Iranian Pastor temporarily released from Evin prison

Iranian pastor Youcef Nadarkhani and his family
Christian pastor Youcef Nadarkhani with his wife, Fatema Pasindedih, and his two sons, Daniel, age 9, and Yoel, age 7. |

Iranian Pastor Yousef Nadarkhani, a convert from Islam to Christianity who is serving a six-year sentence for his Christian activities, has been granted a temporary furlough from the notorious Evin prison and is required to return to prison on Monday. 

Nadarkhani was released Wednesday and is at home with his family, the U.K.-based group Christian Solidarity Worldwide said.

Evin Prison is where many Christians and political opponents of the Iranian regime have been held, experiencing deplorable human rights abuses and lack of medical treatment.

CSW said it wasn’t clear why Nadarkhani, who led a house church in the Gilan province, had been released.

“We urge the Iranian authorities to go one step further and release this innocent man, so that he can enjoy his freedom without fear of harassment or re-arrest,” CSW’s founder and President Mervyn Thomas said. “We also continue to call for the immediate and unconditional release of all those detained on account of their religion or belief or in relation to the defense of human rights.”

Nadarkhani, who is from the Church of Iran denomination, was acquitted of apostasy in 2012 after being sentenced to death by hanging. He has been arrested and released on a number of occasions.

In May 2016, he was arrested along with three other members of the Church of Iran during a series of raids by security agents on Christian homes in Rasht. While all of the men were released on bail in 2017, they were re-arrested in a series of raids in July 2018.

During that raid, Iranian security forces beat him in front of his family and tasered one of his sons.

Iran Human Rights Monitor reported at the time that the pastor was taken to Branch 2 of the Revolutionary court of Rasht, northern Iran, after the raid.

“Plain cloth agents went to Mr. Nadarkhani’s home and attempted to break down the door to enter the home. When Nadarkhani’s son opened the door, the state forces threw him to the ground using an electric shocker. Then they beat Mr. Nadarkhani with the electric shocker and arrested him [in front of] his wife and child,” said an unnamed source close to Nadarkhani’s family.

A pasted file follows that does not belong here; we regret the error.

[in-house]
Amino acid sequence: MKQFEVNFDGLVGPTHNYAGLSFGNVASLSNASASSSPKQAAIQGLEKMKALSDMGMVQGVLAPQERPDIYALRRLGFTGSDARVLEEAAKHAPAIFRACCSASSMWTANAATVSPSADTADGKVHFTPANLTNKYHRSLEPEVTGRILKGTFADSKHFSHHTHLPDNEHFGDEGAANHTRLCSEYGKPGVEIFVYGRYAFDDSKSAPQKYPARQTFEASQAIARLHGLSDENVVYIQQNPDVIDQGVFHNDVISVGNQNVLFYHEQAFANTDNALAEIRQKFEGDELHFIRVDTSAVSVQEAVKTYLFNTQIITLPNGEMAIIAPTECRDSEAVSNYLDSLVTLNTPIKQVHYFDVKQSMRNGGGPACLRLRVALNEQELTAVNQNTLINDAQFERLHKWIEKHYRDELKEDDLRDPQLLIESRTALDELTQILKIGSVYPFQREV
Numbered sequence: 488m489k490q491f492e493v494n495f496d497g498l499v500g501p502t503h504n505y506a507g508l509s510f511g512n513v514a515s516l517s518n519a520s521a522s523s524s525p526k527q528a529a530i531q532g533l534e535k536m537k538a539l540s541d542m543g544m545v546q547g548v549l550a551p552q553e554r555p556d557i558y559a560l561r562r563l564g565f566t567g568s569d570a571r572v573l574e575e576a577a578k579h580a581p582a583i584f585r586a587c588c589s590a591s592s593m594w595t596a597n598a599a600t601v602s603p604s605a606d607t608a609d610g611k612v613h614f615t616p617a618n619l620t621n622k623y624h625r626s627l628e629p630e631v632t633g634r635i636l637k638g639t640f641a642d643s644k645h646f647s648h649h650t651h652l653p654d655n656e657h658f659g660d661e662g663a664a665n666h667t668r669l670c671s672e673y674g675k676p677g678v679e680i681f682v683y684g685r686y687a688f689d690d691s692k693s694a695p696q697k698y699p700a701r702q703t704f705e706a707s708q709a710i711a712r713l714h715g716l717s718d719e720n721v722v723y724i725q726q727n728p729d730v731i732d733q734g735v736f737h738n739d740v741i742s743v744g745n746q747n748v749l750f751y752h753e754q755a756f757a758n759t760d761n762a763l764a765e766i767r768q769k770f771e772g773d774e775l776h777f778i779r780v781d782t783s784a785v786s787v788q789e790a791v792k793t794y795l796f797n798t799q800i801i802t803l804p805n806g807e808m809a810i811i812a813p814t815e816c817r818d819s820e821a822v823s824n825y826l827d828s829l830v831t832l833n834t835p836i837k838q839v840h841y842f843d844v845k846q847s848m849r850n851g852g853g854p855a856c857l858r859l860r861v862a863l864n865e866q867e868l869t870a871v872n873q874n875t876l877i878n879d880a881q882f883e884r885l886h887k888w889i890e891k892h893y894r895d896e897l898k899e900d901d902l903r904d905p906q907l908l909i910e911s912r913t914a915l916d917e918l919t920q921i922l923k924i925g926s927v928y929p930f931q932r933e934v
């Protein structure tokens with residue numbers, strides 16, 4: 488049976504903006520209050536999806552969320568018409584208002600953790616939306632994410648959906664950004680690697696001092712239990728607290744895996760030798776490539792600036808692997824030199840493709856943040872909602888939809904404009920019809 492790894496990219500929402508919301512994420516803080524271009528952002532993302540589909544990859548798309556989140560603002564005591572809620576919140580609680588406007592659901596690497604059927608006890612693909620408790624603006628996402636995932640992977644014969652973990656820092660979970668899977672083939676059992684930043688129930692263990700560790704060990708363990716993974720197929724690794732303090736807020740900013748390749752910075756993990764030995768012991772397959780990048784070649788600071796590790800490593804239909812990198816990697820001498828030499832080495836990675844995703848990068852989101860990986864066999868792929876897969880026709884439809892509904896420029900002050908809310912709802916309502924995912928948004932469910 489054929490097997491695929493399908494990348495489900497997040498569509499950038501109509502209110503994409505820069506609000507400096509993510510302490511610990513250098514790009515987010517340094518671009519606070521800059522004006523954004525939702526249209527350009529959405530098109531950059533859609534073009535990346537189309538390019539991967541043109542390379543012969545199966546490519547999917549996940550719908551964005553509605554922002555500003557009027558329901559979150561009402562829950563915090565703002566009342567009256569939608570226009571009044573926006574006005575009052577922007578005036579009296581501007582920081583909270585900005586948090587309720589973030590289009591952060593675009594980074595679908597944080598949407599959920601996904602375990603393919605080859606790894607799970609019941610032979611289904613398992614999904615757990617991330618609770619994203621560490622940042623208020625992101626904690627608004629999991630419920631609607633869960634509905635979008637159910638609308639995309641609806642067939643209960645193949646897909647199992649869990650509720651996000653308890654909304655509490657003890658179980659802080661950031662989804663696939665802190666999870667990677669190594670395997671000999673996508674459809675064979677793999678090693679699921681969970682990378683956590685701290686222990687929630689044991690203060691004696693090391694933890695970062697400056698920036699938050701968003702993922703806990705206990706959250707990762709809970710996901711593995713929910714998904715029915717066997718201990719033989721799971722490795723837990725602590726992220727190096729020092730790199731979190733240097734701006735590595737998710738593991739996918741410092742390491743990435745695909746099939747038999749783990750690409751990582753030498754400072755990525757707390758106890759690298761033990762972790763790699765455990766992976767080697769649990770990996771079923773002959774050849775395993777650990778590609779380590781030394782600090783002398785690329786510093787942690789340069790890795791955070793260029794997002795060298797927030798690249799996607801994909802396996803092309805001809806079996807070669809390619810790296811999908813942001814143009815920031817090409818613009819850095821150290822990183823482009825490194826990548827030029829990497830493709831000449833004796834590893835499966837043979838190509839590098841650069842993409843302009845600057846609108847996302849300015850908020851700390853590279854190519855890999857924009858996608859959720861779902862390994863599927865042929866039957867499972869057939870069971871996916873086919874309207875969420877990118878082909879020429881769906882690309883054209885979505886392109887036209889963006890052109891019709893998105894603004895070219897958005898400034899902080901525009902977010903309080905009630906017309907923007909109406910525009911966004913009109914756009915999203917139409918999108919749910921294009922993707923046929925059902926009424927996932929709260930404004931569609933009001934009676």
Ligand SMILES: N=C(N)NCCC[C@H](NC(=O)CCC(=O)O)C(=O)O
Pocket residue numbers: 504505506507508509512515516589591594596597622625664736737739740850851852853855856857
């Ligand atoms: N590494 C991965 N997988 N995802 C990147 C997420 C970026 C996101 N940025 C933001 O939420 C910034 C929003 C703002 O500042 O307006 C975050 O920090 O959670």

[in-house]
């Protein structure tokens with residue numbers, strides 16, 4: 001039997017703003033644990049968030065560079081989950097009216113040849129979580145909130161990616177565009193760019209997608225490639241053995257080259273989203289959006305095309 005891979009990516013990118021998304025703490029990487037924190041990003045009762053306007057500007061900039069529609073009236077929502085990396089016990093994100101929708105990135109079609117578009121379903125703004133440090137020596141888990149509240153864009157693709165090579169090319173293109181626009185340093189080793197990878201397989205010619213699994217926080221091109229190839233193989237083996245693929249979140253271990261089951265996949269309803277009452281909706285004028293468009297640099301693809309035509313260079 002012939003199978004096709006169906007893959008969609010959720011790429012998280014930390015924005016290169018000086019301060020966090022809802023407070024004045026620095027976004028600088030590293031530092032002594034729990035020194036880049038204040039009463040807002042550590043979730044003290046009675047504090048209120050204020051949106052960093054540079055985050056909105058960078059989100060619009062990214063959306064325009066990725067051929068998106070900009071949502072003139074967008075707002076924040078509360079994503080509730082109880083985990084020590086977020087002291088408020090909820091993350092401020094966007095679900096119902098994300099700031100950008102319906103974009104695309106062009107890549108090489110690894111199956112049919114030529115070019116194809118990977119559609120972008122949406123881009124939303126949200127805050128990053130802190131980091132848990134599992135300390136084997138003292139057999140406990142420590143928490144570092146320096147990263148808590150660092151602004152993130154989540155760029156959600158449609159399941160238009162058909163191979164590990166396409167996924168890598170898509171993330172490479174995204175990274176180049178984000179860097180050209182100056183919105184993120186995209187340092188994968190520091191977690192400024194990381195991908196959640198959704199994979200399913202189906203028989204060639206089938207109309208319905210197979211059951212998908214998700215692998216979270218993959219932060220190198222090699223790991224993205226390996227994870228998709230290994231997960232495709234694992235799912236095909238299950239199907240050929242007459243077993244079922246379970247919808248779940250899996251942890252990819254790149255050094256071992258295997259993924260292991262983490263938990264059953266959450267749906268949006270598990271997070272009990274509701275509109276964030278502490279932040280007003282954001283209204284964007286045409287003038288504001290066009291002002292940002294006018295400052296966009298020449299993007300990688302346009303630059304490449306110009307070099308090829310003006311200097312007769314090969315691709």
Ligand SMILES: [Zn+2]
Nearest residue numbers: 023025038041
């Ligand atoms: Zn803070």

Nadarkhani is serving a six-year sentence, reduced from 10 years, on charges of “acting against national security” by “promoting Zionist Christianity.”

The U.N. Working Group on Arbitrary Detention has called his continued detention arbitrary.

In October 2019, Nadarkhani went on a three-week hunger strike to protest the regime’s prohibition on his children’s ability to complete their education because they refuse to study Islam.

The strike was to protest the regime’s decision to withhold education certificates from his two sons, preventing them from moving on to the next grades because they would not study Islam or read the Quran in school.

The Islamic Republic is ranked as the ninth-worst country in the world when it comes to Christian persecution, according to Open Doors USA’s World Watch List. 

“Converts from Islam to Christianity are most at risk of persecution, especially by the government and to a lesser extent by society and their own families,” it says.

“The government sees the growth of the church in Iran as an attempt by Western countries to undermine Islam and the Islamic regime of Iran. House groups made up of converts from Muslim backgrounds are often raided, and both their leaders and members have been arrested, prosecuted and given long prison sentences for “crimes against national security.”

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